the amount of groundwater overdraft in the subbasin. Each of the six GSAs
within the subbasin will be responsible for a portion of the total overdraft
amount. SGMA stipulates that all subbasins reach sustainability by the year
2040, correcting the groundwater overdraft and maintaining a sustainable level
of groundwater use.
Efforts to correct groundwater overdraft will include a
number of varying projects and actions that will either increase the supply or
decrease the demand for water. The South Fork Kings GSA is considering a “menu”
of these overdraft management items, broken into several categories presented
by the GSA’s technical consultant Geosyntec.
The management action “menu” in the above image represents possible solutions to correct groundwater overdraft. Overdraft is represented by the orange bar on the left of the image. The menu items: conservation/reuse, water imports, land conversion, dry year management, new storage, on farm efficiency improvement, surface water delivery improvement, are represented by varying colored bars. Acknowledging resource scarcity, the variance in menu item size is proportional to the number of actions pursued within the menu item by the GSA. For example, this menu shows boundary inflow/outflow improvements holding the largest proportion of the management action menu, meaning it will consume a larger portion of the GSA’s solutions than all other listed items.
As the South Fork Kings GSA
periodically monitors progress toward its 2040 sustainability goal, adjustments
may be made to the proportion assigned to the menu items. For example, the
figure below illustrates a scenario in which the GSA decides in 2030 to
increase surface water delivery and decrease boundary inflow/outflow improvements,
among other adjustments. The illustration shows modifications to the menu again
The South Fork Kings GSA is working to refine its understanding of the current problem so it can best allocate resources to the most efficient and effective proportion of menu item solutions. But the implementation of groundwater sustainability will inevitably be an iterative process requiring adjustments over time. These adjustments may be made for a variety of reasons, such as an increase in data to inform trends, financial/economic factors, and/or fluctuations in water availability.
The Tulare Lake Subbasin will
submit one Groundwater Sustainability Plan to CA DWR in January 2020, but GSP implementation in the South Fork Kings
GSA service area is up to the discretion of the GSA; varying projects and
management actions to benefit the service area will be considered and approved
by the South Fork Kings GSA Board.
At the October 18th Board workshop, the South Fork Kings GSA’s technical consultant Geosyntec introduced potential management concepts for mitigating groundwater overdraft in the South Fork Kings area. SGMA requires subbasins become sustainable by the year 2040; the means to achieve that mandate are the projects and management actions that will be included in the Tulare Lake Subbasin Groundwater Sustainability Plan (GSP).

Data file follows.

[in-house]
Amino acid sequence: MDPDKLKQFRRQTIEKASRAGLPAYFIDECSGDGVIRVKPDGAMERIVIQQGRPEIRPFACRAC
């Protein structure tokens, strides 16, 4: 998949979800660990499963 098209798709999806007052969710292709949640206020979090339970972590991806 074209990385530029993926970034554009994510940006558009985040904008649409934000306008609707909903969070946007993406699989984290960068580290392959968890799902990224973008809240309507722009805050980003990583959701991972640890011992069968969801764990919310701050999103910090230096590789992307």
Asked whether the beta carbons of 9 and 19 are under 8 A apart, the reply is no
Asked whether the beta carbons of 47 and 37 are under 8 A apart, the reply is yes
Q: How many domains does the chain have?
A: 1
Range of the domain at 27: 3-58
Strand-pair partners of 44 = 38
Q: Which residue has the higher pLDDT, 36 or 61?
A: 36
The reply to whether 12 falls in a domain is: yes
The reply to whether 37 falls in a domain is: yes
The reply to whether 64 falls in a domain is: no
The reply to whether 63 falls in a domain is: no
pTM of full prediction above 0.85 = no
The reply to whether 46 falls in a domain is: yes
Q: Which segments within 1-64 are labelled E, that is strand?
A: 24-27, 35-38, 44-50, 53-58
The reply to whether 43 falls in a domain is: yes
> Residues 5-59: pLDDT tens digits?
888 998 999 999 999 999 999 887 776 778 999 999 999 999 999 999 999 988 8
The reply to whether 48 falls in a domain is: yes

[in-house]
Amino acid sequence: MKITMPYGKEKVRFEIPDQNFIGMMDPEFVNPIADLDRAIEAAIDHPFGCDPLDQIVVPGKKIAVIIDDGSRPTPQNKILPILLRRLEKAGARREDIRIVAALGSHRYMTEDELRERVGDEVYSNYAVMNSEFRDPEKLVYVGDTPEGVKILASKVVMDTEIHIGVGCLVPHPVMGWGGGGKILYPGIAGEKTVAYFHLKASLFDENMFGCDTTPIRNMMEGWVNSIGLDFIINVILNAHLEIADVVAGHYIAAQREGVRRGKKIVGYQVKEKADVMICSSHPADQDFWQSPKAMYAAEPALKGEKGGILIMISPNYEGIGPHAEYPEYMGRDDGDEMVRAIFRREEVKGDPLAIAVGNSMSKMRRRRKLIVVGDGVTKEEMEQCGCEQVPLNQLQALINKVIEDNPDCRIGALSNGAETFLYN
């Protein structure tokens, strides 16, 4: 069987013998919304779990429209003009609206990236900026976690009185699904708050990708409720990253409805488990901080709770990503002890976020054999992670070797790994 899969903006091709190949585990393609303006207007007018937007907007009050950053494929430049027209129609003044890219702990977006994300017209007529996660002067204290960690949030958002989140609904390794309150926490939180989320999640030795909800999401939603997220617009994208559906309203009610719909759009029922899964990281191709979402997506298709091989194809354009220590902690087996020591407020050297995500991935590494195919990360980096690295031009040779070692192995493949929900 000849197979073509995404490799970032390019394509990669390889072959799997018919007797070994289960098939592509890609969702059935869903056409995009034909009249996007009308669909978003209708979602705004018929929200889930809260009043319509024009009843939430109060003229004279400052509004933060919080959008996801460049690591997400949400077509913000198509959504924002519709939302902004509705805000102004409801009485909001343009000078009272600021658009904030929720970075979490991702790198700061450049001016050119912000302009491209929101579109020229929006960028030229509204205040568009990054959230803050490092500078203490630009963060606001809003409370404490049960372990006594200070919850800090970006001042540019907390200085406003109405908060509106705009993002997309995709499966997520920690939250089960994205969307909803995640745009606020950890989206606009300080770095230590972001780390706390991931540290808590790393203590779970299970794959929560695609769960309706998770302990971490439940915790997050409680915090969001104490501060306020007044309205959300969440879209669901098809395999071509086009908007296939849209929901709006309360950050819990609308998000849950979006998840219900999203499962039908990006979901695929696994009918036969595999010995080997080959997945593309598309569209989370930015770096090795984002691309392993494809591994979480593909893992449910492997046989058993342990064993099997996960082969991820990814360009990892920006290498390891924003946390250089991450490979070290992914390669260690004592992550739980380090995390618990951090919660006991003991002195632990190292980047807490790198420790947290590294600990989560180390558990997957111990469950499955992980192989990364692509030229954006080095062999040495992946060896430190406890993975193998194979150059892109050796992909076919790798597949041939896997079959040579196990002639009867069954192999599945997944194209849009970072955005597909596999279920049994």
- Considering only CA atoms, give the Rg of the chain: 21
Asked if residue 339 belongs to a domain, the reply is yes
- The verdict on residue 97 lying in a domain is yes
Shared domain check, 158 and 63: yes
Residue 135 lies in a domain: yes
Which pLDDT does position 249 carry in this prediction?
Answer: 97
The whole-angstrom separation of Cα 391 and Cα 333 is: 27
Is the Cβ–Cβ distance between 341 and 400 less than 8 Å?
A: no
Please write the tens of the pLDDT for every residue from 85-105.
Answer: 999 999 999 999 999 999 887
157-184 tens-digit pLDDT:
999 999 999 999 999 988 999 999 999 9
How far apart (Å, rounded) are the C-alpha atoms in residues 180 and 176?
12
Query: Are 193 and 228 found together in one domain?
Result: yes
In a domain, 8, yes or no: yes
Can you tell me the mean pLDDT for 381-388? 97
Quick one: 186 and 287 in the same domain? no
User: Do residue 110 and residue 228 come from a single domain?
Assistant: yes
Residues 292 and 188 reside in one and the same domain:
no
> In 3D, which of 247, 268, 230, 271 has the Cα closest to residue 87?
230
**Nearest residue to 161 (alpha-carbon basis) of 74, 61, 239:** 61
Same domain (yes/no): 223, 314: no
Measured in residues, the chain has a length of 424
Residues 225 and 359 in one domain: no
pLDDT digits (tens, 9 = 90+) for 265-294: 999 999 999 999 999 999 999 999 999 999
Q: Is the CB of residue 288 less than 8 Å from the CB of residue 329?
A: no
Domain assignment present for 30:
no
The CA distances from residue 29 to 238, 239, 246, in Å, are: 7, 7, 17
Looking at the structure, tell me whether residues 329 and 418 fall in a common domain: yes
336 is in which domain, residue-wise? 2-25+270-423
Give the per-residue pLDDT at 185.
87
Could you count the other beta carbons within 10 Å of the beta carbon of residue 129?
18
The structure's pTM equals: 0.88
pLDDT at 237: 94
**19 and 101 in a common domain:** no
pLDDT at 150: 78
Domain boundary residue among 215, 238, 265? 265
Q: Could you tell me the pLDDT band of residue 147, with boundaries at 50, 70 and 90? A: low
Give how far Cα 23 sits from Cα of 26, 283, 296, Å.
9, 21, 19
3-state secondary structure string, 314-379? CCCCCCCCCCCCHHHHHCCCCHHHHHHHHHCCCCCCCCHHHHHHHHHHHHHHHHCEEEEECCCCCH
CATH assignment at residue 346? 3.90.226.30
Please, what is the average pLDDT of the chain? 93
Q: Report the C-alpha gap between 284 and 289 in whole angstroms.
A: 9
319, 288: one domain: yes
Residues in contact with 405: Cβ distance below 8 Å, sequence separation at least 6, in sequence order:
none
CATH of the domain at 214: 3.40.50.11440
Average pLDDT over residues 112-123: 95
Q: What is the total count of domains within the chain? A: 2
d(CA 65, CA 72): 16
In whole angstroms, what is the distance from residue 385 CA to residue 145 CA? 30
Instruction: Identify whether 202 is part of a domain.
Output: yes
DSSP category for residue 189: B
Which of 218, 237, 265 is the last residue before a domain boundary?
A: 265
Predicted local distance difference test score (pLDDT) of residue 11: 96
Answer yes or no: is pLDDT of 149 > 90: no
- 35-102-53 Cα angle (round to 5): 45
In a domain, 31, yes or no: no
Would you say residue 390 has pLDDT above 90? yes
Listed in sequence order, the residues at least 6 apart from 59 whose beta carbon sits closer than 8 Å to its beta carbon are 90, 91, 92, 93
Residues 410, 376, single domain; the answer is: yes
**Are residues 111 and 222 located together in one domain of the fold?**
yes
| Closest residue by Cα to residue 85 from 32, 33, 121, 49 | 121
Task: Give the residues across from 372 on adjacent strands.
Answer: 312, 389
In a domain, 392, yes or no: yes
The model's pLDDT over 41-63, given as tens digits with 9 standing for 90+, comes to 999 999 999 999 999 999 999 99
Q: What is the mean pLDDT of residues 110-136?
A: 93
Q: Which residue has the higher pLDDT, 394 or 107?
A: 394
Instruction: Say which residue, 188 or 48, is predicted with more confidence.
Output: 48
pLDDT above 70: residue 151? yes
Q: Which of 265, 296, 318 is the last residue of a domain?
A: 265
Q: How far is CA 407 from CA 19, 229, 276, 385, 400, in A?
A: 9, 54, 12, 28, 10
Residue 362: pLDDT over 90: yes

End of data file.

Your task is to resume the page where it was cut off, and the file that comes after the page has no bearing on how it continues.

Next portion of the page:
A reduction in groundwater use, an increase in groundwater recharge, and the implementation of programs and management actions to increase water use efficiency are broad strategies for establishing a trajectory toward sustainability.
Project concepts to reduce groundwater use include the acquisition of additional surface water, or crop conversion to less water demanding crops. Both solutions carry the potential to offset groundwater demand. Increasing the amount of groundwater recharged in the South Fork Kings area to stabilize water levels can be accomplished a number of ways, either through the construction of additional dedicated recharge basins or through “incidental” means by way of flood irrigation and canal seepage.
To provide flexibility, the GSA seeks to provide a menu of programs and management actions for landowners in its service area. Program concepts may include water markets and groundwater crediting systems, allowing water trading among growers within the GSA and consequently incentivizing water use efficiency.
The management concepts discussed are in the early stages of consideration. The South Fork Kings GSA is working to factor local conditions, economic constraints, and stakeholder input as it identifies a project portfolio that achieves State-mandated sustainability.
The South Fork Kings GSA is coordinating with the other five GSAs of the Tulare Lake Subbasin to complete a Groundwater Sustainability Plan (GSP) by the state-mandated deadline of January 31, 2020. Although the subbasin will submit a single GSP that outlines the path toward sustainability, the South Fork Kings GSA’s contribution will ensure local issues, projects and management actions are included.
The GSP schedule is pictured below (click to enlarge). Drafted chapters, Plan Area and Basin Setting, provide a foundational framework to establish the Sustainable Management Criteria. This chapter is anticipated for completion in November 2018.
Sustainable Management Criteria are the goals that measure success of groundwater level stabilization. The criteria includes:
Measurable objective: average maintained groundwater level over the long-term that must be met by 2040.
Minimum threshold: the lowest possible groundwater level allowed in the worst case scenario. Level cannot cause an undesirable result (ie. significant and unreasonable degraded water quality) and thus cannot be arbitrary.
These metrics are included in the GSP and must be approved by the CA Department of Water Resources.